Activist may be first to cast CE vote from jail

Top News | Amy Nip 21 Mar 2017

The Occupy protester who was beaten by seven now-imprisoned police officers during the campaign in 2014 and was himself convicted of assault has decided to drop an appeal and go to jail.

Ken Tsang Kin-chiu, a social worker, will go through legal procedures at the High Court today and is then expected to be imprisoned immediately.

If that happens Tsang, an Election Committee member, may become the first to cast his vote for the chief executive election from prison on Sunday.

"For the convictions of assault and resisting arrest, I decided to give up the appeal after thinking it through," he wrote on his Facebook page. "I will 'pay my dues' immediately."

Tsang, then 40, was convicted last May of one count of assaulting a police officer and two counts of resisting arrest by a Kowloon City court for splashing liquid on police officers during the Occupy movement. He was granted bail for his appeal.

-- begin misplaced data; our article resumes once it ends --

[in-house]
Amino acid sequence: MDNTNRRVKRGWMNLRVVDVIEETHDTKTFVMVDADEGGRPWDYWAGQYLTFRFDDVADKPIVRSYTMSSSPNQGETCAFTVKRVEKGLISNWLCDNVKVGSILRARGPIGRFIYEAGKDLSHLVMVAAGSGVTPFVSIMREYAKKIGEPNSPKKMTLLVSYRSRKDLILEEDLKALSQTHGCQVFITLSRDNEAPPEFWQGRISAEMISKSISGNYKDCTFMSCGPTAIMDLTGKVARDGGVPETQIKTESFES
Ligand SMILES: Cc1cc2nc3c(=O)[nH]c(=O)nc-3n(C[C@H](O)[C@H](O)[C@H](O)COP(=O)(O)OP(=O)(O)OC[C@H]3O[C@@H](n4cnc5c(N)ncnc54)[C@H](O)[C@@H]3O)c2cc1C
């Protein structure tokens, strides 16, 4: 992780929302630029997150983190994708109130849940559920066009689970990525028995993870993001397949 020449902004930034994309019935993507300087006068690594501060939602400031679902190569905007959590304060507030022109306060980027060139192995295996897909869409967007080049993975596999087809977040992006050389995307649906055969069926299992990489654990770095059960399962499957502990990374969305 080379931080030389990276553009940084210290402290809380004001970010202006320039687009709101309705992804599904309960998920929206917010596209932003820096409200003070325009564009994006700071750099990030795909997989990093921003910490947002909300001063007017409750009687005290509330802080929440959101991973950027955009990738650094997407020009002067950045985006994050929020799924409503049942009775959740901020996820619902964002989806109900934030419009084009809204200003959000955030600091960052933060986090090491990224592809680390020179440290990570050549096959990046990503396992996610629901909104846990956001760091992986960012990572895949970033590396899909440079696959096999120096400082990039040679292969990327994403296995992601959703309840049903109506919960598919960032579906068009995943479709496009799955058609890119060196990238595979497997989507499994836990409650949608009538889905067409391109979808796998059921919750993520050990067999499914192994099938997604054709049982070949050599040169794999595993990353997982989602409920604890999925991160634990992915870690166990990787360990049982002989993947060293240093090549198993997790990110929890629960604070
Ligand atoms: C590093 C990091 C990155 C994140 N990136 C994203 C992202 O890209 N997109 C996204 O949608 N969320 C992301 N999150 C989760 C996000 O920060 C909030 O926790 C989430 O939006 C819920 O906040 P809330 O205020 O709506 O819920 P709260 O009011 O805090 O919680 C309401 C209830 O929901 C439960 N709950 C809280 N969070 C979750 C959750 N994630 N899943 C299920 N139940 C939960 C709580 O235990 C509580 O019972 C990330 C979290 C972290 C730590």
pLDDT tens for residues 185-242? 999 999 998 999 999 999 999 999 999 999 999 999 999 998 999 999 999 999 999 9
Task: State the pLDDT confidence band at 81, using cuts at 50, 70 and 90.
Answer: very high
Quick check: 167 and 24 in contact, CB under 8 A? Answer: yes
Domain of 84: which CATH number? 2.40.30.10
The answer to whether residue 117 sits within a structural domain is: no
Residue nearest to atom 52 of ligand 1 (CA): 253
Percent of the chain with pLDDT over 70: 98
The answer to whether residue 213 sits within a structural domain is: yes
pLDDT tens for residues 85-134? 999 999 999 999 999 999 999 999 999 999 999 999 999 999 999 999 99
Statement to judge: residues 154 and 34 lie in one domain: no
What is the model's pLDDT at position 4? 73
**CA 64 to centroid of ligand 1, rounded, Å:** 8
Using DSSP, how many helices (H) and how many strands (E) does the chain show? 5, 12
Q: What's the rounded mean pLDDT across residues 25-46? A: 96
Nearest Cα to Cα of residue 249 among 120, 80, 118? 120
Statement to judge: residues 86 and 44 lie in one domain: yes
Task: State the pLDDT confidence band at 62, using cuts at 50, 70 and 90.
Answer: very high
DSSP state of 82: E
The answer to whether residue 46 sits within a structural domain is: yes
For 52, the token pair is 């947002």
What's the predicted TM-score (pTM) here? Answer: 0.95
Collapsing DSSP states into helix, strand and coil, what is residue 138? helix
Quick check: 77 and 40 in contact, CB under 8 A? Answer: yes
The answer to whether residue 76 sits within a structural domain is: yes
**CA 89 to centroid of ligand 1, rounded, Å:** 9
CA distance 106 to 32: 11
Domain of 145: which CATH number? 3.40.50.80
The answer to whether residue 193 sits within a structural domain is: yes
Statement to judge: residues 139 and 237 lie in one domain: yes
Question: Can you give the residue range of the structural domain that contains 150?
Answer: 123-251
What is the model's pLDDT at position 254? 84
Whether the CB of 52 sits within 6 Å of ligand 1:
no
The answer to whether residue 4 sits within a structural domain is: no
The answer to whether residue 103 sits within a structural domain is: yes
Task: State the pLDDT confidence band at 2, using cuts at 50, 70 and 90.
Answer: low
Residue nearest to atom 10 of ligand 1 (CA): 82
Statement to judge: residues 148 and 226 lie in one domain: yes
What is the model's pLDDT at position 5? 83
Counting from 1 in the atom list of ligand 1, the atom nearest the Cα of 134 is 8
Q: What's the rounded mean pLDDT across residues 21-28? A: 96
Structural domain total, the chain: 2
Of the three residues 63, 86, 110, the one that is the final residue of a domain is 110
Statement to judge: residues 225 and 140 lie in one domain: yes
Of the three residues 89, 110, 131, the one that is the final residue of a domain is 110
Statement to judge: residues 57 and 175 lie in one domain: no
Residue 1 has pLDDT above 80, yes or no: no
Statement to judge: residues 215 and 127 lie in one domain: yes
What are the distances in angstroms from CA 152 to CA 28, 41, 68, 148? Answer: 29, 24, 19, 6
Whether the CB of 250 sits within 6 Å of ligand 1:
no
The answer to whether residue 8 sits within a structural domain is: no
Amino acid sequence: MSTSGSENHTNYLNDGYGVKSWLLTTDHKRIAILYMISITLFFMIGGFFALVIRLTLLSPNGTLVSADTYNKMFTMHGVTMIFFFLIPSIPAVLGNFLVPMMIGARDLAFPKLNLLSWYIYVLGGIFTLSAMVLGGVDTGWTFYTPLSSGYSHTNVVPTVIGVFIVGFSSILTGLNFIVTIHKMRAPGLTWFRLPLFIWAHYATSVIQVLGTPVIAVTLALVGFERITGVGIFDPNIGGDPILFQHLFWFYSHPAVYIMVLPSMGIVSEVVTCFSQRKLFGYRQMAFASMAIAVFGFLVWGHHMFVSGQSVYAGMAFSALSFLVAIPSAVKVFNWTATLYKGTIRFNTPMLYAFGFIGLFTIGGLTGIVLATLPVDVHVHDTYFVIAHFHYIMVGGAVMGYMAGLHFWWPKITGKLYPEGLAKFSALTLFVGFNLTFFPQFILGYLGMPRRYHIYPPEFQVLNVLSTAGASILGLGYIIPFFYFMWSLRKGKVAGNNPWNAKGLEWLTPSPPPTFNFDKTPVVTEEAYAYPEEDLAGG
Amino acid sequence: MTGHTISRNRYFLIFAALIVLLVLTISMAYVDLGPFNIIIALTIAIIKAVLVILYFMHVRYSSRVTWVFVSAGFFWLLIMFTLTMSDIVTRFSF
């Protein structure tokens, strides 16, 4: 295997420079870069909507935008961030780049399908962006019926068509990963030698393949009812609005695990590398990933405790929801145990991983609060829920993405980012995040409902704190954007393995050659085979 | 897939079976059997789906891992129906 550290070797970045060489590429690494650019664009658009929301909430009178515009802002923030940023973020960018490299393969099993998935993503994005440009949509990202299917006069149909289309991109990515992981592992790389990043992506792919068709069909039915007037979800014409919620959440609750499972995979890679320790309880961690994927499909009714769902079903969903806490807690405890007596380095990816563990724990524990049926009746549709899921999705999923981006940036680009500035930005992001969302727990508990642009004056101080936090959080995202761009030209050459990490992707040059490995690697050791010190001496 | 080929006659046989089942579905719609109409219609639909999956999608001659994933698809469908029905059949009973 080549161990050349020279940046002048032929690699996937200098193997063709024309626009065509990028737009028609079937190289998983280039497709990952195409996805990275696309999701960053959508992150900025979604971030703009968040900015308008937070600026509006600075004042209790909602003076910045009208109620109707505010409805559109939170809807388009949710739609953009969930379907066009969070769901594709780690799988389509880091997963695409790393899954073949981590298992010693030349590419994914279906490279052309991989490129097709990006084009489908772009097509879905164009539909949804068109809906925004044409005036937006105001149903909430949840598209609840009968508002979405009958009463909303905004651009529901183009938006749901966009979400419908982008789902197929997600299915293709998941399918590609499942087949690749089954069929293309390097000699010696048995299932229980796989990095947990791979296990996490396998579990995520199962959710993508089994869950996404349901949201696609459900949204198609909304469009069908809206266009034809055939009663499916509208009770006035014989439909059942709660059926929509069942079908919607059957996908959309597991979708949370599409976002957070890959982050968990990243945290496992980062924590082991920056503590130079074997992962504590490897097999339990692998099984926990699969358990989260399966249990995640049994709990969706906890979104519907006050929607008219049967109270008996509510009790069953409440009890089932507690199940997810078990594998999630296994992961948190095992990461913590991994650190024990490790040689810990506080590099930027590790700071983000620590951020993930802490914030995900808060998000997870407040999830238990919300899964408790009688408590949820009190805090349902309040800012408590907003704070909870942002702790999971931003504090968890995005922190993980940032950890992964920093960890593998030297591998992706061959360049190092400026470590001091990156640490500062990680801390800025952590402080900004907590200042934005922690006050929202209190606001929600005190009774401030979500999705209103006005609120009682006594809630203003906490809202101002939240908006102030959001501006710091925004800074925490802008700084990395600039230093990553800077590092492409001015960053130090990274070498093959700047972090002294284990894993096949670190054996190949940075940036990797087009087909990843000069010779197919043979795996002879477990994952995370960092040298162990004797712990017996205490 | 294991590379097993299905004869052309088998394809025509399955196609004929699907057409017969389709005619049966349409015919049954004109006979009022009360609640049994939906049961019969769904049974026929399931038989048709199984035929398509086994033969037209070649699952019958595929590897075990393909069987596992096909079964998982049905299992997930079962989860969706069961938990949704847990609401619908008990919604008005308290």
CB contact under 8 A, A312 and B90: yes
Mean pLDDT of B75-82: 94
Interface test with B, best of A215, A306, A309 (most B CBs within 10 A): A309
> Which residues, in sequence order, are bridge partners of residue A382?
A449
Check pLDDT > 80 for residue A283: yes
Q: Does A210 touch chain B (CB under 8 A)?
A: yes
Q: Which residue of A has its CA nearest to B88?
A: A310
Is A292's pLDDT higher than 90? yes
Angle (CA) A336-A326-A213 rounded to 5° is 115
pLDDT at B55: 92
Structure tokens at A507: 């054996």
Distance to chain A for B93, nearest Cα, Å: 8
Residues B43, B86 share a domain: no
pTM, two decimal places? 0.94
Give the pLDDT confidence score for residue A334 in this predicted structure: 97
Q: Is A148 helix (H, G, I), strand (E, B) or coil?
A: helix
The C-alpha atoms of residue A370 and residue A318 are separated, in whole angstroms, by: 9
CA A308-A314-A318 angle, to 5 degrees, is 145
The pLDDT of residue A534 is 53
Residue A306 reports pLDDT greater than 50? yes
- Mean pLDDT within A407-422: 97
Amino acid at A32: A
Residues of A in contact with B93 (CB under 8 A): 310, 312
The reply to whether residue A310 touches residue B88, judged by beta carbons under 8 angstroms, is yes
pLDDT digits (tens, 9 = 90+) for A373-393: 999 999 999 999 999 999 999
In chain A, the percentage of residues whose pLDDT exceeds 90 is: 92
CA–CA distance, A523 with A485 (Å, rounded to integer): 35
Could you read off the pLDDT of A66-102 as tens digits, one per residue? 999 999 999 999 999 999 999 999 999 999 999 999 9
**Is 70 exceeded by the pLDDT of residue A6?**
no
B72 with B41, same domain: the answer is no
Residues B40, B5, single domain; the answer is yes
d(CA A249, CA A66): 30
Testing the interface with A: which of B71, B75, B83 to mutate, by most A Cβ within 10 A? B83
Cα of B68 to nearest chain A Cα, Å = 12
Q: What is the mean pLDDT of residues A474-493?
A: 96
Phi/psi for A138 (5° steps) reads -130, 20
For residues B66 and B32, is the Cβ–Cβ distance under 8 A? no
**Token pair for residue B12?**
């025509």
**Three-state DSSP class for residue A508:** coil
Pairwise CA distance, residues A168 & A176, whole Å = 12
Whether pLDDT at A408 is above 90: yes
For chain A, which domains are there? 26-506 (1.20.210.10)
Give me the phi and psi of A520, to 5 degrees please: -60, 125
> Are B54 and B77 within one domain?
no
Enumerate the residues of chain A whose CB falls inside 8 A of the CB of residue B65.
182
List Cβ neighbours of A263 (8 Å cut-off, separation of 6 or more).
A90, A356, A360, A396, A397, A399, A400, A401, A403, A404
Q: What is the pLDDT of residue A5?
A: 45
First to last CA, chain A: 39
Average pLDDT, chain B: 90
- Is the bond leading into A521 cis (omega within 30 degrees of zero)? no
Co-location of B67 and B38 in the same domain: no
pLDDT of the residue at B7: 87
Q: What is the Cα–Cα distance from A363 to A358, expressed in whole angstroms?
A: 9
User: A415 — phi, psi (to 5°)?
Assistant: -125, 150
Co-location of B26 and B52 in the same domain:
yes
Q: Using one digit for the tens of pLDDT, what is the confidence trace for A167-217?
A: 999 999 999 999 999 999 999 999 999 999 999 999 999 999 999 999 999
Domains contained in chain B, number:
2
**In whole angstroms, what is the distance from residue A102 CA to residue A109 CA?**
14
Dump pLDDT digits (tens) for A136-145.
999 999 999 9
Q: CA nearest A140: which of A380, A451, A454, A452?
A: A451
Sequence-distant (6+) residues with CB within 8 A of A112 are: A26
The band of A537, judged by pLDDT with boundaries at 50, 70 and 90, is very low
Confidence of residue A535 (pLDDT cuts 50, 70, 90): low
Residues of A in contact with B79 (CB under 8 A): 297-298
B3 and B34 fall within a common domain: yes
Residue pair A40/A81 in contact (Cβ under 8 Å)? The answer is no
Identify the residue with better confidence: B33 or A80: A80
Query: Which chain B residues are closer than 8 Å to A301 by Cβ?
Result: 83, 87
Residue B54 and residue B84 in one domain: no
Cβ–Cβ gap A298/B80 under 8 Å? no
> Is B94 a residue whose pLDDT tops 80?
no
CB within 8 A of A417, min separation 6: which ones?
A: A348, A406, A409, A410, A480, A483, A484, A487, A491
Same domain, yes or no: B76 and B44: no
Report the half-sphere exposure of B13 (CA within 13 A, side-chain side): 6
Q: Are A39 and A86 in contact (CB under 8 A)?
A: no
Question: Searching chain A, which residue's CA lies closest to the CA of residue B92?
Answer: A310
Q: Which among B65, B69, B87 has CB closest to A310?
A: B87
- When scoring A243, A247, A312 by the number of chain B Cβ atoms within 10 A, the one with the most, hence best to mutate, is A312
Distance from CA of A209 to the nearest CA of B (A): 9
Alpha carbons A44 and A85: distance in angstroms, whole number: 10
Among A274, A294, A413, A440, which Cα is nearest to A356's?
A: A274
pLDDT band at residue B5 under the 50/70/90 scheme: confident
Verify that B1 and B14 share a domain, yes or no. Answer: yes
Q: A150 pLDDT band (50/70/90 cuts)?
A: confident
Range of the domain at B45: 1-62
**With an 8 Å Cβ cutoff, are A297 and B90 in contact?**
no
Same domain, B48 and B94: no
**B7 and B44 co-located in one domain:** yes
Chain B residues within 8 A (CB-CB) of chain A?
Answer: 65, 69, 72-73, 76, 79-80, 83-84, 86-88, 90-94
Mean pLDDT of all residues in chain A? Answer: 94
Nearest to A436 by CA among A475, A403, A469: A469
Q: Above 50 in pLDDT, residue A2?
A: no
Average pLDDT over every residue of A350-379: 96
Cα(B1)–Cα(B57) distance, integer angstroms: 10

Now he is expected to stay behind bars for 31 days.

Tsang splashed liquid on 11 policemen from above the officers on Lung Wo Road in Admiralty. He was then carried to a dark corner of Tamar Park, where he was kicked and punched by the seven police officers.

The seven were convicted of assault and last month sent to prison for two years. That sparked controversy and a gathering of 38,000 police officers and families in support of the seven, who are appealing.

Tsang also wrote: "From the first day I joined social movements I was prepared to pay the price for resistance. I understand that what I did was not allowed by law, and I have to take responsibility for my action."

He said the liquid he splashed was water - not urine or acid - that was used to wash off pepper spray police used on protesters.

He also asked for "understanding and support" as he gave up the appeal "not because of cowardice or that I am giving up resistance. It has been a difficult ride over the past two years We already made our biggest effort and got the biggest result.

"I believe in resistance. Democracy and freedom are not granted by others but [are] to be secured by our own participation and resistance."

Barrister Albert Luk Wai-hung said Tsang must retract his appeal application. Correctional Services officers will then take him to Lai Chi Kok Reception Centre and from there he will be moved to a prison.

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